Coming out of covid lockdowns we have been short of all kinds of capacity to supply goods and services. Some shortages of capacity had been building for a long time thanks to public policy and public services. Some have developed more recently. All were badly exacerbated by pent up demand during lockdown and by the impact of lockdown on the labour market.
The NHS lacked bed capacity before covid. Large extra sums were put in prior to the virus but the managers rarely managed to increase beds and provide the medical staff to deliver the extra treatments and operations needed. During covid Ministers made them put in a lot of extra Nightingale capacity. There was a reluctance to use it and then early closure of it, writing off the investment. Taxpayers also paid to take over most of the capacity of the private sector hospitals for the severe covid period. The Ministerial idea was to get much of the routine work on cataracts, hips, knees and the rest in covid free wards in private hospitals. There were reports of insufficient use being made of this capacity, so waiting lists soared. Somehow Ministers now need to direct more of the extra committed cash into providing more capacity to tackle the enlarged backlog.
Many highways authorities around the country have been busy reducing road capacity by traffic management measures and closures of lanes and through roads in the name of being green.The result is more congestion, more exhaust pollution in traffic jams, an increase in business costs, delays with deliveries and general inconvenience.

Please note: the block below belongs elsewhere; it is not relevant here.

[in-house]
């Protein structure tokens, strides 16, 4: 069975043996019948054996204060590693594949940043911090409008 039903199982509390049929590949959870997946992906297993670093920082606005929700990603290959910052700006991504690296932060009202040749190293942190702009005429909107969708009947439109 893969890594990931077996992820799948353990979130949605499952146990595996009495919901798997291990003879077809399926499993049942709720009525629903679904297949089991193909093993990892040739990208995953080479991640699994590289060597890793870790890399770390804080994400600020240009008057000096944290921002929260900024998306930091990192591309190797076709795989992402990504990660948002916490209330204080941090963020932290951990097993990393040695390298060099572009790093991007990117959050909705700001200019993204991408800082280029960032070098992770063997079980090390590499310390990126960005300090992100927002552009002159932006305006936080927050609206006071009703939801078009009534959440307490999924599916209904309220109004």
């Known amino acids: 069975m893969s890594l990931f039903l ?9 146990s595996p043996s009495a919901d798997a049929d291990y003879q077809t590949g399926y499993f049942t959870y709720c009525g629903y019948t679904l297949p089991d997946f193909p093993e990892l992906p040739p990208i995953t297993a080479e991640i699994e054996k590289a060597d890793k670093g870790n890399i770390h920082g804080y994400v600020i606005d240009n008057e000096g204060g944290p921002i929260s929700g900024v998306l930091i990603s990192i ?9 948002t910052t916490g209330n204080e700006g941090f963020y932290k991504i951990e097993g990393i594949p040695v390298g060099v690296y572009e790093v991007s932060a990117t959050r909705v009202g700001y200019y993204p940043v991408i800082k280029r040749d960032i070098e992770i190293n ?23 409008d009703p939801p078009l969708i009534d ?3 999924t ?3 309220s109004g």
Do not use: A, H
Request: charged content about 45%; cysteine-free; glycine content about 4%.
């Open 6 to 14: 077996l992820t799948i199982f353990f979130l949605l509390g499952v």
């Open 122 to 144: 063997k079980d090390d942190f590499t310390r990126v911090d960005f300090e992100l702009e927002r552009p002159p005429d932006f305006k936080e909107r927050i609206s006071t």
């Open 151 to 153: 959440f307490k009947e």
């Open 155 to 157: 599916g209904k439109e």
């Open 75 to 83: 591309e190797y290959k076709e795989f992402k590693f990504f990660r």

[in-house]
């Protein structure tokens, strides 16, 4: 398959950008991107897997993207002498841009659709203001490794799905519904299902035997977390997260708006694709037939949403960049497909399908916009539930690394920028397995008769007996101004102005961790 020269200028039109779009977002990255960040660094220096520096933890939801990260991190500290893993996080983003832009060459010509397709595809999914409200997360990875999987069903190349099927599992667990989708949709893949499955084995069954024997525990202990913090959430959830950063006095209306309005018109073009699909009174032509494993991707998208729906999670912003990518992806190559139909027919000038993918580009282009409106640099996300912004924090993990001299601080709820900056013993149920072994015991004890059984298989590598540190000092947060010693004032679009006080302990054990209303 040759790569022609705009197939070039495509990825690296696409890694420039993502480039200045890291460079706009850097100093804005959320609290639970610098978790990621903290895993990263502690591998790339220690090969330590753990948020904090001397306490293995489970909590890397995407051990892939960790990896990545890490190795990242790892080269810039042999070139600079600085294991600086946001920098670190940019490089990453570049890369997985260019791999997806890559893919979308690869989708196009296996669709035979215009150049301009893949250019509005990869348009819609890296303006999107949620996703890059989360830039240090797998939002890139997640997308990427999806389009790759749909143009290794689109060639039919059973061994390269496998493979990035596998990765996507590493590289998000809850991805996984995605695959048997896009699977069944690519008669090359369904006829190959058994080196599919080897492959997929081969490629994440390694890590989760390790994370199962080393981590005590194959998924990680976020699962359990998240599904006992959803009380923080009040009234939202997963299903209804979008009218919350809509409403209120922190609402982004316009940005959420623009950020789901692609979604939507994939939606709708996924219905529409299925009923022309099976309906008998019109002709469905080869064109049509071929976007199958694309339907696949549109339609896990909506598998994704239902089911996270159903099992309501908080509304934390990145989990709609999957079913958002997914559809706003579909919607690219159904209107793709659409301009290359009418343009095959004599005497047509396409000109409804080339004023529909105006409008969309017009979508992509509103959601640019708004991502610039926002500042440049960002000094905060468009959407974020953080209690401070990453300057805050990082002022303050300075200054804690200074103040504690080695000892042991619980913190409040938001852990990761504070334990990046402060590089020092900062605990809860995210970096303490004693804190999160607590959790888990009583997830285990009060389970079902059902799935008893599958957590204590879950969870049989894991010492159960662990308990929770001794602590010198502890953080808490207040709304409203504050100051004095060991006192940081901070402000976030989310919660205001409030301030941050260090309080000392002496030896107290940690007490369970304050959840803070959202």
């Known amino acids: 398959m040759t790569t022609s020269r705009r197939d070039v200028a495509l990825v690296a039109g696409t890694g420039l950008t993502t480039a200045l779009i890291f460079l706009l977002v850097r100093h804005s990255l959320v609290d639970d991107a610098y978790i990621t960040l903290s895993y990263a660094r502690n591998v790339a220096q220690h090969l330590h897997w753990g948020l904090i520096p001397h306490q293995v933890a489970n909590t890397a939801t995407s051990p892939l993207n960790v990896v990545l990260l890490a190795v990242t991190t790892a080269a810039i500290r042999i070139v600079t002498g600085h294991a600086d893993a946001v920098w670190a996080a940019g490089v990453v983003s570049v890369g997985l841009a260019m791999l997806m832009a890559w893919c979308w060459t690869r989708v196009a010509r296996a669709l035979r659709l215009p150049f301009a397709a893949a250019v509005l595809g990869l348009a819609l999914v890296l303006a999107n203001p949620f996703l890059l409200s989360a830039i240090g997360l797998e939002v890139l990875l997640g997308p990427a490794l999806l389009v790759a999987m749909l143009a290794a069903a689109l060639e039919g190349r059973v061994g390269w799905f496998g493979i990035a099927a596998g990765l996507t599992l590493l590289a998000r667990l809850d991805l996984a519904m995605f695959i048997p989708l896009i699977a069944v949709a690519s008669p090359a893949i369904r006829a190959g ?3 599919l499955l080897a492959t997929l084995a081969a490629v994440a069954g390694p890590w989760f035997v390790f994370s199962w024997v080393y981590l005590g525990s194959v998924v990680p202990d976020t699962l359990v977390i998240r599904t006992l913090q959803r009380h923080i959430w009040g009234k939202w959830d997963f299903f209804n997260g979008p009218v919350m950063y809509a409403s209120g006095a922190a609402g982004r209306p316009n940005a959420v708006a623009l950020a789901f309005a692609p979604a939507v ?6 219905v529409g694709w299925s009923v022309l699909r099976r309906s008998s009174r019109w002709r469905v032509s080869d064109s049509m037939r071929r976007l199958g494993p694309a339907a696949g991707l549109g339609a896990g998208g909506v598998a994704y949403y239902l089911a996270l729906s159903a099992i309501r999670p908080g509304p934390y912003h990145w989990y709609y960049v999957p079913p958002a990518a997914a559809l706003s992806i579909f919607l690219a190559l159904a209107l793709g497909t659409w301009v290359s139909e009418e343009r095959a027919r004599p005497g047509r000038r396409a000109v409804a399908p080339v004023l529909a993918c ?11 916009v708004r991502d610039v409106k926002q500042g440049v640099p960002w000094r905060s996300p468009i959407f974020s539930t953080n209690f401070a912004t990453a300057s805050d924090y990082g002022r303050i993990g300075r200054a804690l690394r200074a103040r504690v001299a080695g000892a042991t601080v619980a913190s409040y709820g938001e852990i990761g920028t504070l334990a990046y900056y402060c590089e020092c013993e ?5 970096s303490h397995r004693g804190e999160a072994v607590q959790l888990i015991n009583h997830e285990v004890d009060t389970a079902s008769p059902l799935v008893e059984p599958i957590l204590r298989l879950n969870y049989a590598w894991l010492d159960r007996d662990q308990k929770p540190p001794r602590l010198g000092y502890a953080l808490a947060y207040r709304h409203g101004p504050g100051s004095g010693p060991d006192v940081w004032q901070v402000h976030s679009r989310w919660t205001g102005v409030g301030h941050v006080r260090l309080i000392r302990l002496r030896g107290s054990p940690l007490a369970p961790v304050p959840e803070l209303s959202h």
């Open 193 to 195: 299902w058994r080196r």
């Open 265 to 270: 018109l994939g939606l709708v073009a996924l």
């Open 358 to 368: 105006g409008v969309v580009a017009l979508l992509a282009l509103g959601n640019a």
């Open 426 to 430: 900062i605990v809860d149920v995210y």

I have written recently about the water regulator, doubtless in part responding to EU directives, trying to cut individual use of water and leaving us short of reservoir and borehole capacity. The ultimate renewable resource is now scarce. No proper additional water provision has been made for the millions of migrants who have come to our country this century.
We are in the midst of a shortage of gas and electricity. Some days wind turbines only manage 2% of our electricity, well under 1% of our total energy yet the Regulators seem to think more windfarms are the answer.Ministers have now altered their line and accepted that at least for this decade we need more gas.Until there are good commercial ways of storing wind power on windy nights to use on calm days we need more reliable power. We now need to promote more U.K. gas, oil, biomass and hydro power as quickly as possible. Ministers were right to keep what little coal generating plant we have left on stand by in case the renewables produce too little.
Amidst all the talk of excessive bills there needs to be focus on solving the underlying problem of power shortage. We cannot rely on imports from a Europe even shorter of energy than us.Even friendly Norway may not have electricity to spare as low water levels mean less hydro.France is struggling to keep her big but ageing nuclear fleet going. we need more of our own power. Of course government needs to help those in need pay their bills, but we have to solve the underlying scarcity rather than press on with ever more subsidies and regulatory complexities.